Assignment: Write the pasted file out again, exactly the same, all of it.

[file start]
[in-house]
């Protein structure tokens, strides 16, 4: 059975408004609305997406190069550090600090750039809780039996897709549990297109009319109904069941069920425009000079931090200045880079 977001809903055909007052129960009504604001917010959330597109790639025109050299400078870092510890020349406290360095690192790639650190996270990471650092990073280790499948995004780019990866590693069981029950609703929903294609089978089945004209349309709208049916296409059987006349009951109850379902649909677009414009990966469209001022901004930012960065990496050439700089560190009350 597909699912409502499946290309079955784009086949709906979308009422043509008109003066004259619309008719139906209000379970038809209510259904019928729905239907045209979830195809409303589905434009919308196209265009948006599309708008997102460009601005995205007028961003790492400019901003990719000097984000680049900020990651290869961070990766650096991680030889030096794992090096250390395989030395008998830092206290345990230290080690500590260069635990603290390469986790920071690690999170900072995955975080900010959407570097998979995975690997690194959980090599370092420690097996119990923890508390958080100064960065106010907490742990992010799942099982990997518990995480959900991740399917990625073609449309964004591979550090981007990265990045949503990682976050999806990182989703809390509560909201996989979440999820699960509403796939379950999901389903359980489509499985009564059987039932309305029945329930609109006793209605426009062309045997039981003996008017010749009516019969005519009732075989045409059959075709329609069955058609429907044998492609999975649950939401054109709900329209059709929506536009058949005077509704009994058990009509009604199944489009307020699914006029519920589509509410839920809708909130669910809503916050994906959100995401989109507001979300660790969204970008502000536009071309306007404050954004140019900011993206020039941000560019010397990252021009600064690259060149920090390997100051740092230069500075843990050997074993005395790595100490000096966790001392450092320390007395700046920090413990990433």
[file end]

[in-house]
């Protein structure tokens, strides 16, 4: 059975408004609305997406190069550090600090750039809780039996897709549990297109009319109904069941069920425009000079931090200045880079 977001809903055909007052129960009504604001917010959330597109790639025109050299400078870092510890020349406290360095690192790639650190996270990471650092990073280790499948995004780019990866590693069981029950609703929903294609089978089945004209349309709208049916296409059987006349009951109850379902649909677009414009990966469209001022901004930012960065990496050439700089560190009350 597909699912409502499946290309079955784009086949709906979308009422043509008109003066004259619309008719139906209000379970038809209510259904019928729905239907045209979830195809409303589905434009919308196209265009948006599309708008997102460009601005995205007028961003790492400019901003990719000097984000680049900020990651290869961070990766650096991680030889030096794992090096250390395989030395008998830092206290345990230290080690500590260069635990603290390469986790920071690690999170900072995955975080900010959407570097998979995975690997690194959980090599370092420690097996119990923890508390958080100064960065106010907490742990992010799942099982990997518990995480959900991740399917990625073609449309964004591979550090981007990265990045949503990682976050999806990182989703809390509560909201996989979440999820699960509403796939379950999901389903359980489509499985009564059987039932309305029945329930609109006793209605426009062309045997039981003996008017010749009516019969005519009732075989045409059959075709329609069955058609429907044998492609999975649950939401054109709900329209059709929506536009058949005077509704009994058990009509009604199944489009307020699914006029519920589509509410839920809708909130669910809503916050994906959100995401989109507001979300660790969204970008502000536009071309306007404050954004140019900011993206020039941000560019010397990252021009600064690259060149920090390997100051740092230069500075843990050997074993005395790595100490000096966790001392450092320390007395700046920090413990990433």